Captain Lansen (Eric Porter), along with his crew and a motley assortment of passengers are traveling aboard the Corita, bound for Caracas. The captain is set on sailing straight to the destination and avoiding any stops and/or possible inspections. Unknown to the passengers and most of the crew, the ship is transporting dangerous material that will explode if it has contact with water. When a freak accident causes the anchor to punch holes in the side of the ship (and in the very same room storing barrels of the aforementioned material), there is a mutiny from most of the crew, and everyone must abandon ship. Things only get worse, as the survivors drift to an apparently deserted land of strange creatures, killer seaweed, and Spanish soldiers who answer to El Supremo (Darryl Read), a leader who appears to be no more than a child -- and “hardly old enough to wipe his own bottom,” as according to the Chief (James Cossins).
One great aspect of The Lost Continent is that it seems to embrace the idea of “out of the frying pan and into the fire.” Once the people aboard the Corita learn that it might explode, they are quickly burdened by the crew’s mutiny. Safely on the lifeboat, the people then must cope with flesh-eating seawood, and eluding that merely takes them to a foreign land of new, unheard of dangers. The plot moves at a frantic pace, and it tends to feel as if the characters are running away from something. In fact, the film establishes that the passengers are traveling on the ship to escape: a doctor with legal troubles, an alcoholic, etc. When they are informed of a forthcoming storm, none of the passengers want the captain to turn the ship around.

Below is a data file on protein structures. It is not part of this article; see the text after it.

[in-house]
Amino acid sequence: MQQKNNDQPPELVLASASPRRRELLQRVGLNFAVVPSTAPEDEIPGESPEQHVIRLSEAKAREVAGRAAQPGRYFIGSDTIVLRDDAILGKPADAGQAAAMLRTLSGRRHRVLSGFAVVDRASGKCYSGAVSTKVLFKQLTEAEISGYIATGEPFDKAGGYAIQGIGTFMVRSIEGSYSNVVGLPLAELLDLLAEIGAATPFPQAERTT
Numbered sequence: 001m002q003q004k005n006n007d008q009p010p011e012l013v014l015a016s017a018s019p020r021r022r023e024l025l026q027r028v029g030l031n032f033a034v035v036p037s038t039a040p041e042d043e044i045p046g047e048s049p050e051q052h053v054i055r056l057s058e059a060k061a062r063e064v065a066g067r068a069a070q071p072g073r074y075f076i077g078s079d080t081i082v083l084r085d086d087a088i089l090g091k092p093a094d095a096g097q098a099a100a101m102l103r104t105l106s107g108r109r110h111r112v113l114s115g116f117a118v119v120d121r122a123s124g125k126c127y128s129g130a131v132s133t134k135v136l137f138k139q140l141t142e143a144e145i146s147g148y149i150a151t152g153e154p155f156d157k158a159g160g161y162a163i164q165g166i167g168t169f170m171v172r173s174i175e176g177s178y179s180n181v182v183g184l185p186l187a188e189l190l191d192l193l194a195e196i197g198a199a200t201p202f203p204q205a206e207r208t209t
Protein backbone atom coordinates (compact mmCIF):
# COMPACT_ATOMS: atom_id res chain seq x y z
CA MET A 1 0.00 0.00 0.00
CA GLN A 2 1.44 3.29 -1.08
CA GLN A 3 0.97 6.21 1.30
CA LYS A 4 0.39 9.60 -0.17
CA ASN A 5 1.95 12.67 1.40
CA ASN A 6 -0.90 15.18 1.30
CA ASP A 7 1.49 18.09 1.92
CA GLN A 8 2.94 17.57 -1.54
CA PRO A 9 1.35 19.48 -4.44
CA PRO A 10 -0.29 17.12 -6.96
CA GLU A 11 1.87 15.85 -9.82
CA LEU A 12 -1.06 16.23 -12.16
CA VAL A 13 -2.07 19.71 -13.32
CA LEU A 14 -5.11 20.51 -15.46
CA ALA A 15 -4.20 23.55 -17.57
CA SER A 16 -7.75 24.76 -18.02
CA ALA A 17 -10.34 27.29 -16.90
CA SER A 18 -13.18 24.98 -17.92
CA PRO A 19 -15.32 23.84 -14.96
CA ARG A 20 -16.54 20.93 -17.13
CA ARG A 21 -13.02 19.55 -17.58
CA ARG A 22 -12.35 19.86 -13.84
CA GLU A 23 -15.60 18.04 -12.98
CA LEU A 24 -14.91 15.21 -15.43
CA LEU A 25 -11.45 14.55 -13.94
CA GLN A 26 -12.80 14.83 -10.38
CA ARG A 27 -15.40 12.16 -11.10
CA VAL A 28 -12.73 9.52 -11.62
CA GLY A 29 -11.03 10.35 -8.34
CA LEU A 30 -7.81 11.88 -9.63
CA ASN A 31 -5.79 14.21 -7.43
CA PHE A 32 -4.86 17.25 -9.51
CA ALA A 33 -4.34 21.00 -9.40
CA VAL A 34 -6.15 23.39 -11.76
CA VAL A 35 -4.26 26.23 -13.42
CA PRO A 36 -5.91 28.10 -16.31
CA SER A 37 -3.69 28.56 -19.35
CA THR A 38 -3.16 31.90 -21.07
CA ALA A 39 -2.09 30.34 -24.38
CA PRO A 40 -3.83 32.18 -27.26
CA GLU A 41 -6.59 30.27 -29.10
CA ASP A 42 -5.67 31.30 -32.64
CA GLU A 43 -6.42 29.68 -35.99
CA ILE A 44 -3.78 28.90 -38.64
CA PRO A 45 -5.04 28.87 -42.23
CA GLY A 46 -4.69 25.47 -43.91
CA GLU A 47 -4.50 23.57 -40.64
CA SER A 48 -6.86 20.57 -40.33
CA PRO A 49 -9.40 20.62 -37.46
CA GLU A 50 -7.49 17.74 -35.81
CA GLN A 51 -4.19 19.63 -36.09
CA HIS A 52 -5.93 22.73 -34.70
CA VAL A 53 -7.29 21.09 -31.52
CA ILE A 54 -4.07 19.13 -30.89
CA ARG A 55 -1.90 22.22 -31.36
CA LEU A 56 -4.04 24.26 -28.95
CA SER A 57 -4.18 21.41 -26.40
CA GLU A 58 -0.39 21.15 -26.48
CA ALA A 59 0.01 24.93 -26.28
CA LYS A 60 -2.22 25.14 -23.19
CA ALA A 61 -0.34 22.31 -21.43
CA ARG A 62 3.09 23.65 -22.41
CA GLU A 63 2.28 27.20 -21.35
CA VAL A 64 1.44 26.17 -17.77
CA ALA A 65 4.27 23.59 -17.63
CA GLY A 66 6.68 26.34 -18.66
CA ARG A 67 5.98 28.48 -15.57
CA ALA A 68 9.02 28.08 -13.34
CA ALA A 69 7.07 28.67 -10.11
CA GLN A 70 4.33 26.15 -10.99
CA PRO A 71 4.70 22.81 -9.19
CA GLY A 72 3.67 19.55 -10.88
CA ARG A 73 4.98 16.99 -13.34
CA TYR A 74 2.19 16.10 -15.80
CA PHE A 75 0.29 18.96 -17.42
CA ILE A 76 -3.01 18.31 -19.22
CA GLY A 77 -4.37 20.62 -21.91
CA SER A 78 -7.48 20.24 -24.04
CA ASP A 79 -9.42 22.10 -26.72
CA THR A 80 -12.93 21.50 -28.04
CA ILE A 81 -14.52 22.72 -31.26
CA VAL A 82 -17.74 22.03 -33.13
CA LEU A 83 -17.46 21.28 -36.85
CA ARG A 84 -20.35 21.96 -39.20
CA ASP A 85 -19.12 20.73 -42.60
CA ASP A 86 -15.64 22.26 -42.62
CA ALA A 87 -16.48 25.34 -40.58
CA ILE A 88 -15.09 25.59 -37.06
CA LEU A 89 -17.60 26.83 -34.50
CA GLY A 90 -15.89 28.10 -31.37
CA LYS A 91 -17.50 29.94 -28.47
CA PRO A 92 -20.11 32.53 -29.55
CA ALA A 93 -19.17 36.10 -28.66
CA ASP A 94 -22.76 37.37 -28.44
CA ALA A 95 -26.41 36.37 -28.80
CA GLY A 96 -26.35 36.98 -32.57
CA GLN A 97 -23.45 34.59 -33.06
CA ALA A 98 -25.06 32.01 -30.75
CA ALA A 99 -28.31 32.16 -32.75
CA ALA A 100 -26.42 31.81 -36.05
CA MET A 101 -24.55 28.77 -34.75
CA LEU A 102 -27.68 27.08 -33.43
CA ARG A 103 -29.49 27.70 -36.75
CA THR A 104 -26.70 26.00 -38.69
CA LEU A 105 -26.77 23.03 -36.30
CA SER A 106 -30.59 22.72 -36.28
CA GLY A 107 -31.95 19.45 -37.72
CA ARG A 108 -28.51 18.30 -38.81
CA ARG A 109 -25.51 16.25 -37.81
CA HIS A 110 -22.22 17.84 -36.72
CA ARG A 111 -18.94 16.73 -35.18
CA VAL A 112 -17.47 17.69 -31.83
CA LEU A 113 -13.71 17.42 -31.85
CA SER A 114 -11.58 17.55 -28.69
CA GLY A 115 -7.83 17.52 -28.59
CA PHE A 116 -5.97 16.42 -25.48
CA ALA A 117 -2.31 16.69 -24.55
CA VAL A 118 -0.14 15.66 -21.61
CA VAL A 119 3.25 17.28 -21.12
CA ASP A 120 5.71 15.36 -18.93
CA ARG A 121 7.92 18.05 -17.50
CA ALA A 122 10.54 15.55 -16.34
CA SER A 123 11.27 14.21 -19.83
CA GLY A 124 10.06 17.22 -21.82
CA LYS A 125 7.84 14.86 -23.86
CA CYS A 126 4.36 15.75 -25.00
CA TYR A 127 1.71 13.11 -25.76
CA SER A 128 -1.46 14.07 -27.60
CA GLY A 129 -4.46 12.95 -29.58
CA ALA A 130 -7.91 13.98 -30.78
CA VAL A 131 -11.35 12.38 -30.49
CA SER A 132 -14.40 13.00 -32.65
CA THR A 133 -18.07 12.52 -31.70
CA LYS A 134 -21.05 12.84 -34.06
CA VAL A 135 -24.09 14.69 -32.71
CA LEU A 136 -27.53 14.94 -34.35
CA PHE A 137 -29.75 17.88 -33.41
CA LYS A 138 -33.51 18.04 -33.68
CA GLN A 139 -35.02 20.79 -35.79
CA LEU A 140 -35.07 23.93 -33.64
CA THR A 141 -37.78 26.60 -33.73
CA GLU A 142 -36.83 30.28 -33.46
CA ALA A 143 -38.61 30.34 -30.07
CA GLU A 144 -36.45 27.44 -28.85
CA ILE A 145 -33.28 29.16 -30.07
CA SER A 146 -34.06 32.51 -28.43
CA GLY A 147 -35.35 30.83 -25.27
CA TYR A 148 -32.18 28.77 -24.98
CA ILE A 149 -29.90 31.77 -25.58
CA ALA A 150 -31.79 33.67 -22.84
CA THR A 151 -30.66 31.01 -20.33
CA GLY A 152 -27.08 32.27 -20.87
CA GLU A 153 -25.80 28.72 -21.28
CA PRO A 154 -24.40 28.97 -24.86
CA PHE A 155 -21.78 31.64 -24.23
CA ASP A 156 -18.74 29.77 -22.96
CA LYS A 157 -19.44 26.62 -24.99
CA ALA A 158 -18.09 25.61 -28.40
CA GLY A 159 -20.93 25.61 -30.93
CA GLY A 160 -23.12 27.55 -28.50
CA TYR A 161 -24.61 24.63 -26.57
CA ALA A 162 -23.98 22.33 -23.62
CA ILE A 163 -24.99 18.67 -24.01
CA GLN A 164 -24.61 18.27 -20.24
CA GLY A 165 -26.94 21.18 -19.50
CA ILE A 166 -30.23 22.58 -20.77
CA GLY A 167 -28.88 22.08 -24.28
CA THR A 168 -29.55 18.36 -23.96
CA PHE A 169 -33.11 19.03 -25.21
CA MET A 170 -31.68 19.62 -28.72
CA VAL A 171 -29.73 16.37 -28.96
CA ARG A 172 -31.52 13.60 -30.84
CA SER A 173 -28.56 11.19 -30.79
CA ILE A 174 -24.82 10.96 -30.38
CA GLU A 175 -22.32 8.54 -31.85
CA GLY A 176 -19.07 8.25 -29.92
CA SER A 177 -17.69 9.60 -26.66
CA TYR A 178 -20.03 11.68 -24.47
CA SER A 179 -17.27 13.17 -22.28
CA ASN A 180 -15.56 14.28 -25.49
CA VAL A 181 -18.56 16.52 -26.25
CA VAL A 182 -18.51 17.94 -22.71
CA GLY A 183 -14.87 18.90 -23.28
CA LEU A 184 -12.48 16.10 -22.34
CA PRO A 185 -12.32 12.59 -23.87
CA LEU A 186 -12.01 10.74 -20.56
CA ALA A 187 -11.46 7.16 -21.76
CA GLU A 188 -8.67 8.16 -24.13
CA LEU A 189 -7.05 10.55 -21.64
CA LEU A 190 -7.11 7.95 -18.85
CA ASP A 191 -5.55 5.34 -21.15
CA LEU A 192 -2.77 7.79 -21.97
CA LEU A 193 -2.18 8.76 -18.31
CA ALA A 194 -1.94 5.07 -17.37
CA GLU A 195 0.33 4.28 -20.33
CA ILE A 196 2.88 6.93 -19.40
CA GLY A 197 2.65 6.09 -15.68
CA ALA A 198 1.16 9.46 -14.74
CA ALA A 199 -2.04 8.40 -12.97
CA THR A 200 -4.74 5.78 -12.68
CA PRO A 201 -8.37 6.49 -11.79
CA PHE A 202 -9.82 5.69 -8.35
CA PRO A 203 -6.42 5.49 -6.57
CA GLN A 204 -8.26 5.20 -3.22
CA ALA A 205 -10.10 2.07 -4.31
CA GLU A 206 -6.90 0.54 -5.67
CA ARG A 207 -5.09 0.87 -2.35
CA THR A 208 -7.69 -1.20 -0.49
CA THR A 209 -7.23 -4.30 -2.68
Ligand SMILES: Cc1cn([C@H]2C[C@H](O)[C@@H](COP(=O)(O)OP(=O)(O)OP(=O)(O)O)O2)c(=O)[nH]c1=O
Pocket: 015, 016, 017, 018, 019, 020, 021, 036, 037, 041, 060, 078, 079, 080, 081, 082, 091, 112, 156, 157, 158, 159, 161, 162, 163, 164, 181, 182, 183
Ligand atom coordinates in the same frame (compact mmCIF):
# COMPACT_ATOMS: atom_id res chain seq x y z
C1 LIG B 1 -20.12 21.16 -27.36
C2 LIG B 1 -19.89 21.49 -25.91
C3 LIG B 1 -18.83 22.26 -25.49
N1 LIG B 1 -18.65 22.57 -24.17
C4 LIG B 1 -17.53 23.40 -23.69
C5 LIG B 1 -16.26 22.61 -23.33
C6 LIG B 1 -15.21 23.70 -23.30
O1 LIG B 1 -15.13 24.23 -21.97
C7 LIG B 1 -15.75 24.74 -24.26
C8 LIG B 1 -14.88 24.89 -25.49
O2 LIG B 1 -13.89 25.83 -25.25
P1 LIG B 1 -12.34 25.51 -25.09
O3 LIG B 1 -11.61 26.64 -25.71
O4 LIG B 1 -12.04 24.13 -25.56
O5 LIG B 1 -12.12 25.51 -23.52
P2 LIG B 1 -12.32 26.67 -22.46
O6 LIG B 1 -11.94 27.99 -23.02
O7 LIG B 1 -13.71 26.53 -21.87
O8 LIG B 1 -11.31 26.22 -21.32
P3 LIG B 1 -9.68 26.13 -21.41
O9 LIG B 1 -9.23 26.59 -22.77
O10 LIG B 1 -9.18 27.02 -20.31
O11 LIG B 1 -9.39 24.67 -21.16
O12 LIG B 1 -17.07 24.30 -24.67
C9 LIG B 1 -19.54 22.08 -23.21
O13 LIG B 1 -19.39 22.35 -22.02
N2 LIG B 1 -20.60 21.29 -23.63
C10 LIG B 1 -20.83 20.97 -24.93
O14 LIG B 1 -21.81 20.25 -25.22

For all of its quirks and peculiarities, The Lost Continent presents everything with the utmost sincerity. This is the type of plot that many directors would handle tongue-in-cheek, to show an awareness of the film’s campy qualities. But Carreras’ approach is refreshing, and it lifts the movie above camp. He offers a believable set of people forced into unbelievable circumstances.
The Lost Continent is full of Hammer alumni. Director Carreras, who also produced and wrote the screenplay (under the pseudonym Michael Nash), had worked on a number of Hammer films in the capacity of producer and director. He was also the son of Hammer co-founder James Carreras. Porter was the star of the terrific and vastly underrated Hammer production, Hands of the Ripper (1971), and the same year, Suzanna Leigh, playing one of the passengers in The Lost Continent, appeared in Lust for a Vampire. Even author Dennis Wheatley, whose novel, Uncharted Seas, provided the basis for the adaptation, had other books made into films by Hammer studios, such as The Devil Rides Out (1968) and To the Devil a Daughter (1976). (Another of the passengers, played by Nigel Stock, is reading Uncharted Seas while on the ship.)
By the film’s conclusion, one might wonder what exactly is the titular “lost continent.” A somewhat literal interpretation might see it as the land that the people “discover” and the strangers who have created their unique society. But another way of looking at it is that the lost continent was not the foggy collection of giant killer crabs, irate kelp, and a puerile ruler claiming to be a descendant of some Spanish guy (thereby allowing him to be an authoritarian figure). It was the ship, with people who needed to get away, people looking for hope and who refused to abandon ship. Having to take refuge on a small lifeboat and enter a vast ocean of the unknown, Capt. Lansen and the others were then in search of a new place. They are the ones who are lost, not the place where they may ultimately rest.